Regime has installed advanced new centrifuges, plans more

Iran rebukes G7 for ‘destructive policies of the past’ after nuclear program warning

Tehran says it will continue to cooperate with IAEA, accuses G7 of ‘resorting to false claims to continue sanctions’ after vow to act if Iran sends ballistic missiles to Moscow

Centrifuges line a hall at the Uranium Enrichment Facility in Natanz, Iran, in a still image from a video aired by the Islamic Republic Iran Broadcasting company on April 17, 2021, six days after the hall had been damaged in a mysterious attack. (IRIB via AP, File)
Centrifuges line a hall at the Uranium Enrichment Facility in Natanz, Iran, in a still image from a video aired by the Islamic Republic Iran Broadcasting company on April 17, 2021, six days after the hall had been damaged in a mysterious attack. (IRIB via AP, File)

Iran called upon the Group of Seven on Sunday to distance itself from “destructive policies of the past,” Iranian Foreign Ministry spokesperson Nasser Kanaani said, referring to a G7 statement condemning Iran’s recent nuclear program escalation.

On Friday, the G7 warned Iran against advancing its nuclear enrichment program and said it would be ready to enforce new measures if Tehran were to transfer ballistic missiles to Russia.

“Any attempt to link the war in Ukraine to the bilateral cooperation between Iran and Russia is an act with only biased political goals,” Kanaani said, adding that some countries are “resorting to false claims to continue sanctions” against Iran.

Last week, the UN nuclear watchdog’s 35-nation Board of Governors passed a resolution calling on Iran to step up cooperation with the watchdog and reverse its recent barring of inspectors.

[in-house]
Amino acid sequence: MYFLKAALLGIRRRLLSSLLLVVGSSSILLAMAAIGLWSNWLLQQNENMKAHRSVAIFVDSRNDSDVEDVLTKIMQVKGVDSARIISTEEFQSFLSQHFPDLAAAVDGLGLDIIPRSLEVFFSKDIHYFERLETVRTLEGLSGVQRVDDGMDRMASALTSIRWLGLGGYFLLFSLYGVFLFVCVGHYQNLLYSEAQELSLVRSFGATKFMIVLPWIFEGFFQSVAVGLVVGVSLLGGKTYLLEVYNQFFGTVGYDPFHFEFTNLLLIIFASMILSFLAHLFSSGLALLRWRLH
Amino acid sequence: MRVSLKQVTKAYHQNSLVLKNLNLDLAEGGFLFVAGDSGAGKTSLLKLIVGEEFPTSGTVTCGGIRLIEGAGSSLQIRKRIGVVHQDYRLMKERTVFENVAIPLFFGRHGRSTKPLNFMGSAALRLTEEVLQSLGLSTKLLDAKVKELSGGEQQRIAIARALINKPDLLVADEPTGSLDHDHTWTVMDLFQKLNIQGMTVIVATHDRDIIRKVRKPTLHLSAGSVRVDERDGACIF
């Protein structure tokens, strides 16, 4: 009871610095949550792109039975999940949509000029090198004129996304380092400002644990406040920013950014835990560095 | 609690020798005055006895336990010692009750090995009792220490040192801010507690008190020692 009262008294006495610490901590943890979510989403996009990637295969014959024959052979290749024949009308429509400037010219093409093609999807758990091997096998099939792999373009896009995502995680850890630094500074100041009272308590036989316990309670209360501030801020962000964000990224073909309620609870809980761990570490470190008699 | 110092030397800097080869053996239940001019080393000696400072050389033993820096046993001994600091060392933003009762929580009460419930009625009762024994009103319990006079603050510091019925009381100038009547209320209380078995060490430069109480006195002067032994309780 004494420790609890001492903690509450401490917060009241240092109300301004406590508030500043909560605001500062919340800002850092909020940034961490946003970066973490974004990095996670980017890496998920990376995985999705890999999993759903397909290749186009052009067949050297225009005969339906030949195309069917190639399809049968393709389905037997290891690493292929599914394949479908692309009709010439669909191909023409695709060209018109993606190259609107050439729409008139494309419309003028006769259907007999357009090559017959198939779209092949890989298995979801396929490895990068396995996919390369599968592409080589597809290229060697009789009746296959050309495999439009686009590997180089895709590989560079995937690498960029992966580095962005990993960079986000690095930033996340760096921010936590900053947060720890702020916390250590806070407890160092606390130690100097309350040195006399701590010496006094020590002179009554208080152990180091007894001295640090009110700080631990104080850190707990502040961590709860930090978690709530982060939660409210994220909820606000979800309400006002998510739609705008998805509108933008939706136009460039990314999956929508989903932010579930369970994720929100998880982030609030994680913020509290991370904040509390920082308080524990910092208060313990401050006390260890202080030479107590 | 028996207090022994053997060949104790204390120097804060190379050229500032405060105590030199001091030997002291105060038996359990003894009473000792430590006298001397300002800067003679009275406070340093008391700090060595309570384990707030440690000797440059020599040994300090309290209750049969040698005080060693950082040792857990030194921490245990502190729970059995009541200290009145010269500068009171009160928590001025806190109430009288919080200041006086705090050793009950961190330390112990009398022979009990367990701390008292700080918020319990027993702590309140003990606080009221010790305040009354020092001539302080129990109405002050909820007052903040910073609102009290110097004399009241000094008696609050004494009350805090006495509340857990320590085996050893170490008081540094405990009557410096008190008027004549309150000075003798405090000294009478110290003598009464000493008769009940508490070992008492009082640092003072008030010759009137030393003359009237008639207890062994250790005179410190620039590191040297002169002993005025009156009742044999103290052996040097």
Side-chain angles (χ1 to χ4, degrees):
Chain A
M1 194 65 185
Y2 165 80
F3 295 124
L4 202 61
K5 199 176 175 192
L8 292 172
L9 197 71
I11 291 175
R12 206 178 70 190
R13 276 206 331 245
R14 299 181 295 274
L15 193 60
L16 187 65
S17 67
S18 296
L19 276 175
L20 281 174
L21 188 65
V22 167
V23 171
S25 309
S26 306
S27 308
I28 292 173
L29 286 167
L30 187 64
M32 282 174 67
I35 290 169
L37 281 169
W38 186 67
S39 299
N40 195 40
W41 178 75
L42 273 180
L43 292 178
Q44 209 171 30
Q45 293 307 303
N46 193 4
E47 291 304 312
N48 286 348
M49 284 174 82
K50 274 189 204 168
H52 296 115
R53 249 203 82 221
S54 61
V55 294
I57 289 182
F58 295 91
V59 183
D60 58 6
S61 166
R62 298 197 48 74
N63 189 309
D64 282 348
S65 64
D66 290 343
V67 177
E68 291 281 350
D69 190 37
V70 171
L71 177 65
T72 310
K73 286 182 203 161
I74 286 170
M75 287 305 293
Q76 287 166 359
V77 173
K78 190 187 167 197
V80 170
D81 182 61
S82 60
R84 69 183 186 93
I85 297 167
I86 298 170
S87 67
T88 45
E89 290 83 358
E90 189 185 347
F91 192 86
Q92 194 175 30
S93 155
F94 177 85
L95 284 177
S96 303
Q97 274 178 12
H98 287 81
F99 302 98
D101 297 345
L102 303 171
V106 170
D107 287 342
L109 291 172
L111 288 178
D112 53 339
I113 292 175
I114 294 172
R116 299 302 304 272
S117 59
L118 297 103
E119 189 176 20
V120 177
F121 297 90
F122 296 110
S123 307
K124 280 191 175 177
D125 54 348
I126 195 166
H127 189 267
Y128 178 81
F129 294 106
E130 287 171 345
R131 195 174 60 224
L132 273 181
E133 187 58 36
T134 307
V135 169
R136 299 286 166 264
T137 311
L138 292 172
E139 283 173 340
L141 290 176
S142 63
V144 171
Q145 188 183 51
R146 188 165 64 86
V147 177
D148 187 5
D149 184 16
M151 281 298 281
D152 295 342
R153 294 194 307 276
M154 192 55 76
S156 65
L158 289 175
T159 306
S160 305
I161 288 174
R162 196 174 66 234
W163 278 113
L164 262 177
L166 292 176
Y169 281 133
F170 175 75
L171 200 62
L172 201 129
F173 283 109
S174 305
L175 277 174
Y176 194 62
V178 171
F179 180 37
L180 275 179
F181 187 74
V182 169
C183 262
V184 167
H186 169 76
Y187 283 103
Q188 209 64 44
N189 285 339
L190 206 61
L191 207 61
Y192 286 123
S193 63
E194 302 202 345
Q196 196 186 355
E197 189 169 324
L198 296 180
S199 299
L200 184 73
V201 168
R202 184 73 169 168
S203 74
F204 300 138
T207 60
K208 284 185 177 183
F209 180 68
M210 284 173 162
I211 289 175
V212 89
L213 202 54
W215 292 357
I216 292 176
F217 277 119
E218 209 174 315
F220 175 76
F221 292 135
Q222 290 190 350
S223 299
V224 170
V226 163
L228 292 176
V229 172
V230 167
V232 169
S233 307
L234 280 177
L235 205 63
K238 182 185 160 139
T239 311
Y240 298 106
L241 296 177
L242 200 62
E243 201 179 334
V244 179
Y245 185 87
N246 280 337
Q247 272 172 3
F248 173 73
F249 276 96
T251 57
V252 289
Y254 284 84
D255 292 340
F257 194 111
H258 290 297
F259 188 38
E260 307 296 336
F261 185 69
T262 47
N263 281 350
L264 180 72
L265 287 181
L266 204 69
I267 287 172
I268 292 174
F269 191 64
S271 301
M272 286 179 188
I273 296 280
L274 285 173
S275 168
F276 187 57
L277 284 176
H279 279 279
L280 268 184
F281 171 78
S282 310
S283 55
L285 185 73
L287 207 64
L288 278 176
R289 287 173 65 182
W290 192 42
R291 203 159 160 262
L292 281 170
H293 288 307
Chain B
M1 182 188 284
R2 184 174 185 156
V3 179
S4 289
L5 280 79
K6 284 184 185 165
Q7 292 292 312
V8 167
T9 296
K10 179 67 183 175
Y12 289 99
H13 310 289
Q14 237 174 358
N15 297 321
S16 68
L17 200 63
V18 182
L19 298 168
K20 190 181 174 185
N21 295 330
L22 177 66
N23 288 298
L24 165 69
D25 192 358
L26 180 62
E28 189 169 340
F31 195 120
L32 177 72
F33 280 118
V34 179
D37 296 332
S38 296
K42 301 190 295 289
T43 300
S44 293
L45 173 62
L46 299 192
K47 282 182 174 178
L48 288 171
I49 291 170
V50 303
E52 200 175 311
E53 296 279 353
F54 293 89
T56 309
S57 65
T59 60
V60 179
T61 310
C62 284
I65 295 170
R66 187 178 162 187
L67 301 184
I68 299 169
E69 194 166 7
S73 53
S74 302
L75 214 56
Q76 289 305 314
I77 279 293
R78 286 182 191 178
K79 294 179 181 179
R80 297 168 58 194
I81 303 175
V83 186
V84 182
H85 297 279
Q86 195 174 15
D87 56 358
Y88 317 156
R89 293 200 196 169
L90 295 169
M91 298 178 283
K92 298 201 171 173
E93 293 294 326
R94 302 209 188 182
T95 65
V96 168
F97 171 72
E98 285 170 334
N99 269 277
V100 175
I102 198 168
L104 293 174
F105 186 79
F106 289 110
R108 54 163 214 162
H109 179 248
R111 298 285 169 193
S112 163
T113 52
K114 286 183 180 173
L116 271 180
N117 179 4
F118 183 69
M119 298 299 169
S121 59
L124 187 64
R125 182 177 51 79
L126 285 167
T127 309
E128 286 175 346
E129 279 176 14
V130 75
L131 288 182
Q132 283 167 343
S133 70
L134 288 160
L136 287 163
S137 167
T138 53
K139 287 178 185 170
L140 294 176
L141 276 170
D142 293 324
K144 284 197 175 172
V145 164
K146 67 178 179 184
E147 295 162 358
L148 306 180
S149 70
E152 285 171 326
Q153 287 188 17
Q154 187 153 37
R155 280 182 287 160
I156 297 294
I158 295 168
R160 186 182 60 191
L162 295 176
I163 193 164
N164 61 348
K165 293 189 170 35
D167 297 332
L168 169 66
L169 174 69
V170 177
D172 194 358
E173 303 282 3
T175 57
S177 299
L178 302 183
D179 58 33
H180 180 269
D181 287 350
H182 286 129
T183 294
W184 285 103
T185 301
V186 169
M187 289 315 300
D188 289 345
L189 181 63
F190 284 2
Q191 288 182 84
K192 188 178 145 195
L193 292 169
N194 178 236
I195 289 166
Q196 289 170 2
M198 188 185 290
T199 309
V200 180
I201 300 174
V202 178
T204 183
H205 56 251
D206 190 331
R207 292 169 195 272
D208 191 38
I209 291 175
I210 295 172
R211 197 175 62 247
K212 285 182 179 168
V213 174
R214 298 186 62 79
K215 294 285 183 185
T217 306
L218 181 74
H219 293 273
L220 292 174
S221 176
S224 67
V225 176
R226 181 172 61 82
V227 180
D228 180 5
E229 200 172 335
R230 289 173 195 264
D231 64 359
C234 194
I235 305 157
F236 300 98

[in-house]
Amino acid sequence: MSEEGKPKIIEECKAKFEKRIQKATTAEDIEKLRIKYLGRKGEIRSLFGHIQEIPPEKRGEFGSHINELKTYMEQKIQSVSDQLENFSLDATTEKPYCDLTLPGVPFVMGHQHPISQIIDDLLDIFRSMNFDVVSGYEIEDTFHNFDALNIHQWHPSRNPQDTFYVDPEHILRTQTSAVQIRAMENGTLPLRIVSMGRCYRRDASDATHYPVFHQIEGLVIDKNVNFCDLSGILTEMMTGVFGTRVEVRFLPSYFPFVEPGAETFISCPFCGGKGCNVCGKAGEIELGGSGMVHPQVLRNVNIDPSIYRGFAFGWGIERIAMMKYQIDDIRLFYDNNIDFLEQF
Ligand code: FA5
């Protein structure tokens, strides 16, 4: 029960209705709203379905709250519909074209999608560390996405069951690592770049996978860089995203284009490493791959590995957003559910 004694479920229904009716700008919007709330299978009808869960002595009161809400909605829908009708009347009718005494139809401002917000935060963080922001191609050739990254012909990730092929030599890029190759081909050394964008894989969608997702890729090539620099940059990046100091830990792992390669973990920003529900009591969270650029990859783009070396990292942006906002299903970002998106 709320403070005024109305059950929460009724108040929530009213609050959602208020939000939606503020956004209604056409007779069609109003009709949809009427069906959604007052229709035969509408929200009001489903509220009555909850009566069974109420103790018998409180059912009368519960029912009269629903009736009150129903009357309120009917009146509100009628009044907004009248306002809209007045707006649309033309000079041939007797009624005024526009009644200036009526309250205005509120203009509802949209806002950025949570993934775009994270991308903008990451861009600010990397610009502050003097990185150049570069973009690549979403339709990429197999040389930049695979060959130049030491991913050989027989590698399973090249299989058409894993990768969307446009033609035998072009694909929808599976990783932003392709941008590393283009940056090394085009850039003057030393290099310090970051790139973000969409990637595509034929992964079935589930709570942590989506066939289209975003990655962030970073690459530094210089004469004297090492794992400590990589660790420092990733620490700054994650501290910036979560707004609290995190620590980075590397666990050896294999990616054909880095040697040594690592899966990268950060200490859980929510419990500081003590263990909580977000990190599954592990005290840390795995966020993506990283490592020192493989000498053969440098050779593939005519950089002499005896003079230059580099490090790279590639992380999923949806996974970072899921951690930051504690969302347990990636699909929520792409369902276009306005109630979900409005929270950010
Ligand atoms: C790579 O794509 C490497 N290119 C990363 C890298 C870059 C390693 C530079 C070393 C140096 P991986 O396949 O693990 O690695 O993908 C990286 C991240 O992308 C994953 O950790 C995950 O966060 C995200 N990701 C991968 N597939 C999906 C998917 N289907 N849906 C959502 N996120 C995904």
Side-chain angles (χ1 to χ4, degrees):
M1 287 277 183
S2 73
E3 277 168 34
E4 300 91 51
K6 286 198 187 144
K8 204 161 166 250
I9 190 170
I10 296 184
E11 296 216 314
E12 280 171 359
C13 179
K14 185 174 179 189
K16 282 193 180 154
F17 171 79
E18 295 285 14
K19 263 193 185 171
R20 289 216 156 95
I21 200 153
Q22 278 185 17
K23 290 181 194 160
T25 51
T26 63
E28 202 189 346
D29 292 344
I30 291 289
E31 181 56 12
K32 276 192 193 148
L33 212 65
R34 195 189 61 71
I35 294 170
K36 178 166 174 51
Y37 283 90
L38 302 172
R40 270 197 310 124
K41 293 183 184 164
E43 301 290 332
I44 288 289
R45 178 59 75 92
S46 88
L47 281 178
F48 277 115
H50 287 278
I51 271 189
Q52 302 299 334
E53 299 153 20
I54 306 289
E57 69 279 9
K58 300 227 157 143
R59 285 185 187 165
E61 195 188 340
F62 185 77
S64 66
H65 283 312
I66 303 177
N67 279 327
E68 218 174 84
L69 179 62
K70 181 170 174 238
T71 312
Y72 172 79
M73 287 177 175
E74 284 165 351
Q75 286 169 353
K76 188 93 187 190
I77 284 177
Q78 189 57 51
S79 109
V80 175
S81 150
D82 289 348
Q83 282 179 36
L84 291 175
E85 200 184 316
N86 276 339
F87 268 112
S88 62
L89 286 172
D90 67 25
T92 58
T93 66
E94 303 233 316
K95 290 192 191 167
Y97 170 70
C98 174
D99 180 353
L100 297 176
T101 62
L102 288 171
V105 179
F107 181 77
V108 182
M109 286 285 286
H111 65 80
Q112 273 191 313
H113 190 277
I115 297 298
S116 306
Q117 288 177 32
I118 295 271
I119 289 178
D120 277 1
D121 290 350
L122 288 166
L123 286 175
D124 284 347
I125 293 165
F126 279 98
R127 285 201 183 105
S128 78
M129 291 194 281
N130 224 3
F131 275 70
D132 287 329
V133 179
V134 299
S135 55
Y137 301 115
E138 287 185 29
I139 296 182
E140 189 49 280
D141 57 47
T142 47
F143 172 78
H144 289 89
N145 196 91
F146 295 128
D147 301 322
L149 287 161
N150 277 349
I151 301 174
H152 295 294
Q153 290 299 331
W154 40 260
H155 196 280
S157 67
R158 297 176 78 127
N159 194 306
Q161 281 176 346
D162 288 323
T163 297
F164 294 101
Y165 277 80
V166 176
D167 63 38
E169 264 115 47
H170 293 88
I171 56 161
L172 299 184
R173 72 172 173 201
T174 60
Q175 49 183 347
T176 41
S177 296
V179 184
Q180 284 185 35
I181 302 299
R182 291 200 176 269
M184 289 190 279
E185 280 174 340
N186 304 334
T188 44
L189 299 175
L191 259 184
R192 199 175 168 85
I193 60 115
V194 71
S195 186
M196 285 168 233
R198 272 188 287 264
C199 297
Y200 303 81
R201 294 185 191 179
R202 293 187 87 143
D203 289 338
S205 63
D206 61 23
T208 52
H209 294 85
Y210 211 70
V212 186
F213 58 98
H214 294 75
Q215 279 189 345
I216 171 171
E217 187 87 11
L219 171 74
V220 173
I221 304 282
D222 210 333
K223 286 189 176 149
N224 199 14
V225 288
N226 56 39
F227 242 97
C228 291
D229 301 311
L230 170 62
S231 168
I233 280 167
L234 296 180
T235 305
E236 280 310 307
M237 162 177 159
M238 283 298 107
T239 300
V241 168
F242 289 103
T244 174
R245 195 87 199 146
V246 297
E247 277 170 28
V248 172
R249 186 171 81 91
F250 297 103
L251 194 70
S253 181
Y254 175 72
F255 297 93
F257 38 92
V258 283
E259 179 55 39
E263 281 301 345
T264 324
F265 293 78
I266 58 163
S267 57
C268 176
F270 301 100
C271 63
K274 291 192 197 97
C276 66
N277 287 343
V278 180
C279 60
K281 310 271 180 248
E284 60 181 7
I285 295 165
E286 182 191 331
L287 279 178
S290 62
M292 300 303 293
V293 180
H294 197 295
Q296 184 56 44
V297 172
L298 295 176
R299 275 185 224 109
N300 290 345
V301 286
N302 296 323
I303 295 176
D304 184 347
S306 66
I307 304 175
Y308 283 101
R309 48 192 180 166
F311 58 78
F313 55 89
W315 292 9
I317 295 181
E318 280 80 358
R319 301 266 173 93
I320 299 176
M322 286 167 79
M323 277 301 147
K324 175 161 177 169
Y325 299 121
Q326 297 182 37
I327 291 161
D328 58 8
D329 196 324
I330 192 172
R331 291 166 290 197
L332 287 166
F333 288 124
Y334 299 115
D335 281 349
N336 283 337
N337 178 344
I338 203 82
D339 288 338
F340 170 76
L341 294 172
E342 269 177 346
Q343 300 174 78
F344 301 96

Iran responded by rapidly installing additional advanced uranium-enriching centrifuges at its Fordo site and begun setting up others, according to an International Atomic Energy Agency (IAEA) report.

Kanaani added Tehran would continue its “constructive interaction and technical cooperation” with the IAEA, but called its resolution “politically biased.”

Pope Francis and other world leaders take part in a working session on Artificial Intelligence at the Borgo Egnazia resort during the G7 Summit in Savelletri near Bari, Italy, on June 14, 2024. (Mandel Ngan / AFP)

Iran is now enriching uranium to up to 60 percent purity — close to the 90% of weapons-grade — and has enough material enriched to that level for three nuclear weapons, according to an IAEA yardstick.

Since the collapse of Iran’s 2015 nuclear deal with world powers following the US’s unilateral withdrawal from the accord in 2018, it has pursued nuclear enrichment just below weapons-grade levels. Western powers say there is no credible civilian reason for that. Iran says its aims are entirely peaceful but officials have recently said it could change its “nuclear doctrine” if it is attacked or its existence threatened by arch-foe Israel. That has prompted alarm at the IAEA and in Western capitals.

Iran, as a signatory to the Treaty on the Non-Proliferation of Nuclear Weapons, has pledged to allow the IAEA to visit its atomic sites to ensure its program is peaceful. Tehran also agreed to additional oversight from the IAEA as part of the 2015 nuclear deal. However, for years it has curtailed inspectors’ access to sites while also not fully answering questions about other sites where nuclear material has been found in the past.

The IAEA’s director-general, Rafael Mariano Grossi, visited Iran in May in an effort to boost inspections, but there hasn’t been any major public change in Iran’s stance.

All this comes as the Islamic Republic also appears to be trying to contain the risk it faces from the US after launching an unprecedented attack on Israel. The assault — a response to a suspected Israeli strike on April 1 that killed two Islamic Revolutionary Guard Corps generals and others in Damascus, Syria — further pushed a years-long shadow war between Israel and Iran out into the open.

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